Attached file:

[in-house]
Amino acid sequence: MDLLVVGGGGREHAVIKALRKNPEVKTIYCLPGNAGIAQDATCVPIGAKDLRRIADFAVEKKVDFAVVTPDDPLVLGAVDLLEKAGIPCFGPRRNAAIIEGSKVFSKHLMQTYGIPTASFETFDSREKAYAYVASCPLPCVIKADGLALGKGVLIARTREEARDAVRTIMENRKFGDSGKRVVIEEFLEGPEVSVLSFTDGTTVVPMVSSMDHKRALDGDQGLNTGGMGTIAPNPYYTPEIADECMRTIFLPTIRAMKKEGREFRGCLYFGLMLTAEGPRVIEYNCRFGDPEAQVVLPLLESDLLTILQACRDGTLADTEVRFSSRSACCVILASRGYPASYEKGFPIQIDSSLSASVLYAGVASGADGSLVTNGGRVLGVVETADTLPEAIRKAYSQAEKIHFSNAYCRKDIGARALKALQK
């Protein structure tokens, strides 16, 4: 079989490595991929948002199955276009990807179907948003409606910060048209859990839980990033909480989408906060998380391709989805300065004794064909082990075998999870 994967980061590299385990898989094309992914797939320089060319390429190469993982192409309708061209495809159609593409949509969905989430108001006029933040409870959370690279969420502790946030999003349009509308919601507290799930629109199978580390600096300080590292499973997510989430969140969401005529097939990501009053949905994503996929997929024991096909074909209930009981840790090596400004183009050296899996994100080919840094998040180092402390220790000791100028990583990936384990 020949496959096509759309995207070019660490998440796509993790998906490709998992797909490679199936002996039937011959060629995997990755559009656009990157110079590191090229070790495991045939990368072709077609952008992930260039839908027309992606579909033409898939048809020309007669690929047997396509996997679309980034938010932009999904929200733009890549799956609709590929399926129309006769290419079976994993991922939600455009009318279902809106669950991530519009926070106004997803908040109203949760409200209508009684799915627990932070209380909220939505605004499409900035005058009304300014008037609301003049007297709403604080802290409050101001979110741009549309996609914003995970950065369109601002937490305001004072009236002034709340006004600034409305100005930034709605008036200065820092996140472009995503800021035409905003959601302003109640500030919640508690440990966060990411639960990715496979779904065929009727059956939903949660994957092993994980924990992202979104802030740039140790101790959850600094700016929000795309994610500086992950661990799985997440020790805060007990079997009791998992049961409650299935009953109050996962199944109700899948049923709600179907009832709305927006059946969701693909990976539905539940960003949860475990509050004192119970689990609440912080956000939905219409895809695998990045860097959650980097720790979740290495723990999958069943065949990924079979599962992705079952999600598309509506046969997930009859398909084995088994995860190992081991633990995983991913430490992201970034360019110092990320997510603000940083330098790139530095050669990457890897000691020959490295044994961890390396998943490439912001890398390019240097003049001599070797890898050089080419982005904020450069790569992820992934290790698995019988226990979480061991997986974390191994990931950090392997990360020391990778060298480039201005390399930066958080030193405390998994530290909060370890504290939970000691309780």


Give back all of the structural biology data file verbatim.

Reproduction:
[in-house]
Amino acid sequence: MDLLVVGGGGREHAVIKALRKNPEVKTIYCLPGNAGIAQDATCVPIGAKDLRRIADFAVEKKVDFAVVTPDDPLVLGAVDLLEKAGIPCFGPRRNAAIIEGSKVFSKHLMQTYGIPTASFETFDSREKAYAYVASCPLPCVIKADGLALGKGVLIARTREEARDAVRTIMENRKFGDSGKRVVIEEFLEGPEVSVLSFTDGTTVVPMVSSMDHKRALDGDQGLNTGGMGTIAPNPYYTPEIADECMRTIFLPTIRAMKKEGREFRGCLYFGLMLTAEGPRVIEYNCRFGDPEAQVVLPLLESDLLTILQACRDGTLADTEVRFSSRSACCVILASRGYPASYEKGFPIQIDSSLSASVLYAGVASGADGSLVTNGGRVLGVVETADTLPEAIRKAYSQAEKIHFSNAYCRKDIGARALKALQK
């Protein structure tokens, strides 16, 4: 079989490595991929948002199955276009990807179907948003409606910060048209859990839980990033909480989408906060998380391709989805300065004794064909082990075998999870 994967980061590299385990898989094309992914797939320089060319390429190469993982192409309708061209495809159609593409949509969905989430108001006029933040409870959370690279969420502790946030999003349009509308919601507290799930629109199978580390600096300080590292499973997510989430969140969401005529097939990501009053949905994503996929997929024991096909074909209930009981840790090596400004183009050296899996994100080919840094998040180092402390220790000791100028990583990936384990 020949496959096509759309995207070019660490998440796509993790998906490709998992797909490679199936002996039937011959060629995997990755559009656009990157110079590191090229070790495991045939990368072709077609952008992930260039839908027309992606579909033409898939048809020309007669690929047997396509996997679309980034938010932009999904929200733009890549799956609709590929399926129309006769290419079976994993991922939600455009009318279902809106669950991530519009926070106004997803908040109203949760409200209508009684799915627990932070209380909220939505605004499409900035005058009304300014008037609301003049007297709403604080802290409050101001979110741009549309996609914003995970950065369109601002937490305001004072009236002034709340006004600034409305100005930034709605008036200065820092996140472009995503800021035409905003959601302003109640500030919640508690440990966060990411639960990715496979779904065929009727059956939903949660994957092993994980924990992202979104802030740039140790101790959850600094700016929000795309994610500086992950661990799985997440020790805060007990079997009791998992049961409650299935009953109050996962199944109700899948049923709600179907009832709305927006059946969701693909990976539905539940960003949860475990509050004192119970689990609440912080956000939905219409895809695998990045860097959650980097720790979740290495723990999958069943065949990924079979599962992705079952999600598309509506046969997930009859398909084995088994995860190992081991633990995983991913430490992201970034360019110092990320997510603000940083330098790139530095050669990457890897000691020959490295044994961890390396998943490439912001890398390019240097003049001599070797890898050089080419982005904020450069790569992820992934290790698995019988226990979480061991997986974390191994990931950090392997990360020391990778060298480039201005390399930066958080030193405390998994530290909060370890504290939970000691309780």